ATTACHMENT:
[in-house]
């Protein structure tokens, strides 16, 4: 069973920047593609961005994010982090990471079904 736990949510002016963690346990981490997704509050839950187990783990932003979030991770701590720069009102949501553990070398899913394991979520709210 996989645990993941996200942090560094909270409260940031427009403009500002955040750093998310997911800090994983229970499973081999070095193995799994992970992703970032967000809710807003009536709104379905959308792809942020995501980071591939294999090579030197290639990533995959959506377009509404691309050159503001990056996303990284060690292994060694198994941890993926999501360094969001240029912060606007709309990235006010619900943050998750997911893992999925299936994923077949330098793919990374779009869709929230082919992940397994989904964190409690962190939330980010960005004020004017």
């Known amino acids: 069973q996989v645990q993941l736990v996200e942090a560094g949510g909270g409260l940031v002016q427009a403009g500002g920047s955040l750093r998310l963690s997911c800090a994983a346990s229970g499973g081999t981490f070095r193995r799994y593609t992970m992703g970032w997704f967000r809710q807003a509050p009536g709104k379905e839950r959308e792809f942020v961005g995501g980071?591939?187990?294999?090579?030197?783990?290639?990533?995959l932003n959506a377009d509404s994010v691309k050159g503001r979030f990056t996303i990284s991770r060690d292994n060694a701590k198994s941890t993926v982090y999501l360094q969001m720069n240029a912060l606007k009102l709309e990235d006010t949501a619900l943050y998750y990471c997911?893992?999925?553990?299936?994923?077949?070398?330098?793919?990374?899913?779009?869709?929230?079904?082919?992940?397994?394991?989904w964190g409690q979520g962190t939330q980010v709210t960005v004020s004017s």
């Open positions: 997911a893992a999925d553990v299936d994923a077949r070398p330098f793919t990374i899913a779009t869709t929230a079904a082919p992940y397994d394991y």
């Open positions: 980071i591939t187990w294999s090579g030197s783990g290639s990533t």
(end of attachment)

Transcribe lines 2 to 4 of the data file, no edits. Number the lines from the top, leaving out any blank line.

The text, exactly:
């Protein structure tokens, strides 16, 4: 069973920047593609961005994010982090990471079904 736990949510002016963690346990981490997704509050839950187990783990932003979030991770701590720069009102949501553990070398899913394991979520709210 996989645990993941996200942090560094909270409260940031427009403009500002955040750093998310997911800090994983229970499973081999070095193995799994992970992703970032967000809710807003009536709104379905959308792809942020995501980071591939294999090579030197290639990533995959959506377009509404691309050159503001990056996303990284060690292994060694198994941890993926999501360094969001240029912060606007709309990235006010619900943050998750997911893992999925299936994923077949330098793919990374779009869709929230082919992940397994989904964190409690962190939330980010960005004020004017």
């Known amino acids: 069973q996989v645990q993941l736990v996200e942090a560094g949510g909270g409260l940031v002016q427009a403009g500002g920047s955040l750093r998310l963690s997911c800090a994983a346990s229970g499973g081999t981490f070095r193995r799994y593609t992970m992703g970032w997704f967000r809710q807003a509050p009536g709104k379905e839950r959308e792809f942020v961005g995501g980071?591939?187990?294999?090579?030197?783990?290639?990533?995959l932003n959506a377009d509404s994010v691309k050159g503001r979030f990056t996303i990284s991770r060690d292994n060694a701590k198994s941890t993926v982090y999501l360094q969001m720069n240029a912060l606007k009102l709309e990235d006010t949501a619900l943050y998750y990471c997911?893992?999925?553990?299936?994923?077949?070398?330098?793919?990374?899913?779009?869709?929230?079904?082919?992940?397994?394991?989904w964190g409690q979520g962190t939330q980010v709210t960005v004020s004017s």
């Open positions: 997911a893992a999925d553990v299936d994923a077949r070398p330098f793919t990374i899913a779009t869709t929230a079904a082919p992940y397994d394991y």